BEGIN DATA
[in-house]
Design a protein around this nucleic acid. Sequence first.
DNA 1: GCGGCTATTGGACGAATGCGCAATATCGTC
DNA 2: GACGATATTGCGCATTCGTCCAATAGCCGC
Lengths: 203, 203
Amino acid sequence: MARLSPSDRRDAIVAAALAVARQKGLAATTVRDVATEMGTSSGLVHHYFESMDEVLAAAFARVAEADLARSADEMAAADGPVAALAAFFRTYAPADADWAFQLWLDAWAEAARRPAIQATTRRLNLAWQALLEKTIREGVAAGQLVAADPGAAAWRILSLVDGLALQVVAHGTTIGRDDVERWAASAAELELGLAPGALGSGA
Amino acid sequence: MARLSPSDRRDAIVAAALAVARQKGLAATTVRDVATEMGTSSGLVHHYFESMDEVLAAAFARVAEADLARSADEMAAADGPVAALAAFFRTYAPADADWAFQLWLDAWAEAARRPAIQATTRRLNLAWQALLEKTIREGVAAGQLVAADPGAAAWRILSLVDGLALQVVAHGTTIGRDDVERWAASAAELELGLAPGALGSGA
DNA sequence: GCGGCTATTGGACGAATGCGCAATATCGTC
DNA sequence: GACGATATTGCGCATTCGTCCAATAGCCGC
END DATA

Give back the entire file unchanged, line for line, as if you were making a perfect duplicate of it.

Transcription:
[in-house]
Design a protein around this nucleic acid. Sequence first.
DNA 1: GCGGCTATTGGACGAATGCGCAATATCGTC
DNA 2: GACGATATTGCGCATTCGTCCAATAGCCGC
Lengths: 203, 203
Amino acid sequence: MARLSPSDRRDAIVAAALAVARQKGLAATTVRDVATEMGTSSGLVHHYFESMDEVLAAAFARVAEADLARSADEMAAADGPVAALAAFFRTYAPADADWAFQLWLDAWAEAARRPAIQATTRRLNLAWQALLEKTIREGVAAGQLVAADPGAAAWRILSLVDGLALQVVAHGTTIGRDDVERWAASAAELELGLAPGALGSGA
Amino acid sequence: MARLSPSDRRDAIVAAALAVARQKGLAATTVRDVATEMGTSSGLVHHYFESMDEVLAAAFARVAEADLARSADEMAAADGPVAALAAFFRTYAPADADWAFQLWLDAWAEAARRPAIQATTRRLNLAWQALLEKTIREGVAAGQLVAADPGAAAWRILSLVDGLALQVVAHGTTIGRDDVERWAASAAELELGLAPGALGSGA
DNA sequence: GCGGCTATTGGACGAATGCGCAATATCGTC
DNA sequence: GACGATATTGCGCATTCGTCCAATAGCCGC